Leigh Gates, Chair
During 2000-2001, Leigh Gates, The Art Institute of Chicago, served as Chair of the Visual Resource Advisory Committee, which consisted of the following members: Brenda McEchern, Linda McRae, Gregory Most, Maryly Snow, Marty Stein and Anne Whiteside.
Gregory Most, National Gallery of Art, will be the in-coming Chair in 2001-2002. Mary Wasserman will replace Linda McRae, who is stepping down. Brenda McEchern has also asked to be replaced, new member to be decided. There has been an informal attempt to maintain continuity between the leadership of the VRD and the VRAC, as well as provide representation from the Visual Resource Association leadership whenever appropriate or feasible.
Karen McKenzie, ARLIS/NA President, initiated discussion with Leigh Gates, Greg Most, VRD moderator, and VRA president, Ann Whiteside, concerning the closure to the public of the Boston Museum of Fine Arts slide collection. Acting on the observations and advice of these people, the Executive Board decided that a cautious approach was appropriate and would continue to encourage communication between the visual resource community and the museum.
The VRAC continued its support of the Getty Vocabulary Program and was encouraged to see the resumption of Getty Vocabularies Users Training workshops during the year at one chapter meeting and at the Los Angeles 2001 annual conference.
The Chair submitted a proposal to the ARLIS/NA Development Committee and Executive Board for an ARLIS/NA Visual Resources Division Conference Travel Award, which was not approved this year.
The Chair responded to a questionnaire and by telephone with Karin Whalen, Chair of the new VRA Continuing Education Task Force. This Committee shares the VRAC’s interest in investigating the possibility of offering courses of interest to visual resource professionals at institutions around the country.
A suggestion was made that the committee encourage a web site where incomplete vocabulary term submissions to the Getty Vocabularies might be "held" until full literary warrant was met using our collective research. Since Patricia Harpring has pointed out that a Getty-sponsored web site is not feasible due to administrative and technical problems, the VRAC might find another host institution to collect information for a record.
The committee should pursue opportunities for collaboration with the VRA or other professional organizations in the area of education for visual resources managers.
In order to solidify collaborative efforts, the committee will explore the possibility of having the VRA president serve as an ex officio member in order to function as a liaison between ARLIS and VRA.
The VRAC continued its discussion on-line of items concerning visual resources for incorporation in the ARLIS/NA Strategic Plan 2000-2005. The committee’s proposals addressed the following areas:
2. Professional Development
3. Outreach/Membership Retention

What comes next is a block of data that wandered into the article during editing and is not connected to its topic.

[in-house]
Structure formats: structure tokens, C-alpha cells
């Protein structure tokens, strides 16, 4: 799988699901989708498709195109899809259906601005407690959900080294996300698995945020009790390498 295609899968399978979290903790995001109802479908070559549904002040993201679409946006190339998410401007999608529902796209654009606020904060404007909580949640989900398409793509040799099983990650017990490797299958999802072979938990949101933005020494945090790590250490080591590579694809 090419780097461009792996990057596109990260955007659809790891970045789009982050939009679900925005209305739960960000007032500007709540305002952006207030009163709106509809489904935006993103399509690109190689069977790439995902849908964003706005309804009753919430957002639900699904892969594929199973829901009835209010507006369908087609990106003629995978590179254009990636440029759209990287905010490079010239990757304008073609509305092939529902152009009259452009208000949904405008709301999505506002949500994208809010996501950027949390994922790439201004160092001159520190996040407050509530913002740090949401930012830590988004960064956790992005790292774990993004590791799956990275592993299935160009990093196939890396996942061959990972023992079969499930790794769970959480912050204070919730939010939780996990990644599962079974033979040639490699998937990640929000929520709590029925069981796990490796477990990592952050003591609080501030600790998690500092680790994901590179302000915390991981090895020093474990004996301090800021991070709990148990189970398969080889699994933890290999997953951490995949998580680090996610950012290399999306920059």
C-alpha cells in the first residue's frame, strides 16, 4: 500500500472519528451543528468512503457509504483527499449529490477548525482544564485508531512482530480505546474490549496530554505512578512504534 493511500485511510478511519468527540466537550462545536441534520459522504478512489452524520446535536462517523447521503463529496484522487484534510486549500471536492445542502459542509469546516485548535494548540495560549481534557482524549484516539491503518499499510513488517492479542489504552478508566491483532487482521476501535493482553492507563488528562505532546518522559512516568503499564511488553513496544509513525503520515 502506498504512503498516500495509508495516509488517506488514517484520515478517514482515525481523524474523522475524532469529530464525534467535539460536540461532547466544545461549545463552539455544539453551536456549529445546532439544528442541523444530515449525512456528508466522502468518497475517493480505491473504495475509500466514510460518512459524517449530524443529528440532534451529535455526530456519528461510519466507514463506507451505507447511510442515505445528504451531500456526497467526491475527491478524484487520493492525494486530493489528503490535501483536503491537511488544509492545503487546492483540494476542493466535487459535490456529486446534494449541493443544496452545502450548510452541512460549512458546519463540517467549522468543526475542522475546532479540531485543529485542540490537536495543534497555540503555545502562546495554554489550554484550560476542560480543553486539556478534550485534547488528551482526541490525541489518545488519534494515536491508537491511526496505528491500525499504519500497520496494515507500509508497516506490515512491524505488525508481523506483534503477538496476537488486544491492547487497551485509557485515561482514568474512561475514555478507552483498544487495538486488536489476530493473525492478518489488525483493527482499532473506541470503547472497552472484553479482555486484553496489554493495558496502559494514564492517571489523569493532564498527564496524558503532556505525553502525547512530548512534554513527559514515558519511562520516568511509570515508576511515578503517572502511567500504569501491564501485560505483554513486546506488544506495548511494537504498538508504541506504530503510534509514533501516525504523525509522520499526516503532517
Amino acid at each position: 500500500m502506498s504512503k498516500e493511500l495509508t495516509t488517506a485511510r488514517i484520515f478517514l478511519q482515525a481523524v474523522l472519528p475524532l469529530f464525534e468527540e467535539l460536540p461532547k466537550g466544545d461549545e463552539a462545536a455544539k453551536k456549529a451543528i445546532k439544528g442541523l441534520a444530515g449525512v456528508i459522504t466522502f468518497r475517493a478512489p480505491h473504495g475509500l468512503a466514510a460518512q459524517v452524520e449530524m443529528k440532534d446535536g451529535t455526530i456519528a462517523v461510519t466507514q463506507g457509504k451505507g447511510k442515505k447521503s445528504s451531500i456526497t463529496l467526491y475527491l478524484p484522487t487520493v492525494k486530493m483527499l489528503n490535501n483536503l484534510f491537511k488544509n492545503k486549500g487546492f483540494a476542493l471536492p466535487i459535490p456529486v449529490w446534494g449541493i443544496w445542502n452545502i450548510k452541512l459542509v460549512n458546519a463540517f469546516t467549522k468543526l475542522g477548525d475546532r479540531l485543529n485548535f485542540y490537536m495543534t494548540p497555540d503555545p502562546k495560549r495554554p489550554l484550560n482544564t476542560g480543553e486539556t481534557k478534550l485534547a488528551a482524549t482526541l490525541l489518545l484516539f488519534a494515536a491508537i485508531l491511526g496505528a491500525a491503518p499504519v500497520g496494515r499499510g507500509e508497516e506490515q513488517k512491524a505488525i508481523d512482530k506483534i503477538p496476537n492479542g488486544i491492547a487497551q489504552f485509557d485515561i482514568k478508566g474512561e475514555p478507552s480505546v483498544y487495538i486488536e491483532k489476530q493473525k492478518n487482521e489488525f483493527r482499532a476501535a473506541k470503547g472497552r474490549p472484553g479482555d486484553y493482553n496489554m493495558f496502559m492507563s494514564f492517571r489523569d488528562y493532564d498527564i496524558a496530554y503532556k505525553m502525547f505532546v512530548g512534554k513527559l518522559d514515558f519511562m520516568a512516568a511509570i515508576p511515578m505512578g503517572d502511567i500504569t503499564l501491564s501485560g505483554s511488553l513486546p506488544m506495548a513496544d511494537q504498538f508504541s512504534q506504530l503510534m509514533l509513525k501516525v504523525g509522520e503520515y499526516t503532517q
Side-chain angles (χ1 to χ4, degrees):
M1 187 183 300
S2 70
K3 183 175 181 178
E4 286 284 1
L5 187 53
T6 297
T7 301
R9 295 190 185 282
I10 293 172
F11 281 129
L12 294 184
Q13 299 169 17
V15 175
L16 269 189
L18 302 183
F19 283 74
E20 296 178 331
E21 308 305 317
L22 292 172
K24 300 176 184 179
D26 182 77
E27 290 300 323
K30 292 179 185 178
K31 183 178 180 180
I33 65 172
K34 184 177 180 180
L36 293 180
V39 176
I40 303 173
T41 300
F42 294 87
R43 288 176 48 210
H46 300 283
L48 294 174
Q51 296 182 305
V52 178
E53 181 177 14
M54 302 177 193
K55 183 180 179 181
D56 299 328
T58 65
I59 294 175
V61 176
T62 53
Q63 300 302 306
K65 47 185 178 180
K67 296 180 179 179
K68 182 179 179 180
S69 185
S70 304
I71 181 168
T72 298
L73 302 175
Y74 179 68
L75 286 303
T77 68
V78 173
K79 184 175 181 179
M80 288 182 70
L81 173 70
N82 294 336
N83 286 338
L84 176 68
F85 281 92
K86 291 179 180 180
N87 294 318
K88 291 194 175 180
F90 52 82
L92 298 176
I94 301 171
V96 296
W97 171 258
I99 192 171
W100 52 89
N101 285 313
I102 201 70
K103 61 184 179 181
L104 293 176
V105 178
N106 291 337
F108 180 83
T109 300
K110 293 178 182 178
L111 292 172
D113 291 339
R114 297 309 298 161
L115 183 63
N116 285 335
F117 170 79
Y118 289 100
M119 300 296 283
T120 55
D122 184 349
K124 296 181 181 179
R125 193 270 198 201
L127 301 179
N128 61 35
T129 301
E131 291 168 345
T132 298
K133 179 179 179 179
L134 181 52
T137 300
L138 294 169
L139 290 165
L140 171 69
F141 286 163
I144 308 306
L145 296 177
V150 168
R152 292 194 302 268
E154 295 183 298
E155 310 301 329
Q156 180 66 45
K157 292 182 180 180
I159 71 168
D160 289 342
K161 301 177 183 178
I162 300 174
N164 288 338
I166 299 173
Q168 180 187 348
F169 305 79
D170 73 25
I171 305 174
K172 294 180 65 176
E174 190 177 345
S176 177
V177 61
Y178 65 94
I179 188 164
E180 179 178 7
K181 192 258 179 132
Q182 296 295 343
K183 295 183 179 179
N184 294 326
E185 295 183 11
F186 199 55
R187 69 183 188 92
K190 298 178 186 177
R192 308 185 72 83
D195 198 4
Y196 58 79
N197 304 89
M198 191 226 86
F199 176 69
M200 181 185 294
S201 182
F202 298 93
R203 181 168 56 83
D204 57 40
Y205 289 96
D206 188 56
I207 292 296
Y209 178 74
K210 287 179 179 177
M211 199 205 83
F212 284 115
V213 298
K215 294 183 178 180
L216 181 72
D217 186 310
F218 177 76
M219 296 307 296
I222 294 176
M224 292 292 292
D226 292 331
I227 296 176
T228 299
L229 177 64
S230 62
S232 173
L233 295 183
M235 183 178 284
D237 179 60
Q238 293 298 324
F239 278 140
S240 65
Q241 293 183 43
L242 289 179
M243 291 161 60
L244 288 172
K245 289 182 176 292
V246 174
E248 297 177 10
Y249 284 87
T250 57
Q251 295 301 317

NEW ACTION ITEMS:
1. Continued support and maintenance of standards and authority programs should be aggressively offered. Mechanisms for contributing to the Getty Vocabulary Program should be developed.
2. The establishment of a basic workshop to provide education for new visual resource professionals in core issues should be investigated.
Possible affiliations and support from host institutions around the country should be explored. Educational components drawing on the experience and expertise of the Society's membership should be developed.
3. Professional development and continuing education should be addressed by sponsorship of workshops at either the regional or national levels, on topics of relevance to visual resources professionals. Topics to be addressed could cover training in use of the Getty Vocabulary Program (including the training of trainers) and other standards, training in digital imaging technology and management, and other areas identified by the Visual Resources Advisory Committee.
4. Membership growth and retention should be addressed by the establishment of a travel award to enable a visual resource professional to attend any of the workshops mentioned above.
5. Conference programming integrating the interests of visual resources managers and art librarians should be proposed. The opportunity provided by the joint ARLIS/VRA conference scheduled for 2001 should be taken full advantage of.
6. Experts and speakers in the visual resources field from outside the Society should be identified who might contribute to programming and continuing education.
7. New collaborative efforts between ARLIS/NA and the VRA, whether in publications, conference programming or workshops, should be identified.
An ongoing concern to the VRAC is how to foster and sustain interest in the Society of its visual resources members and to strengthen outreach to art librarians and visual resources professionals.
The committee continues to serve a useful advisory role to the Executive Board and the Visual Resources Division. The VRAC anticipates excellent opportunities for collaboration in programming and education with the 2002 joint ARLIS/VRA conference.
MacLean Visual Resource Center, Ryerson Library
The Art Institute of Chicago
Chair, Visual Resources Advisory Committee, 2000-2001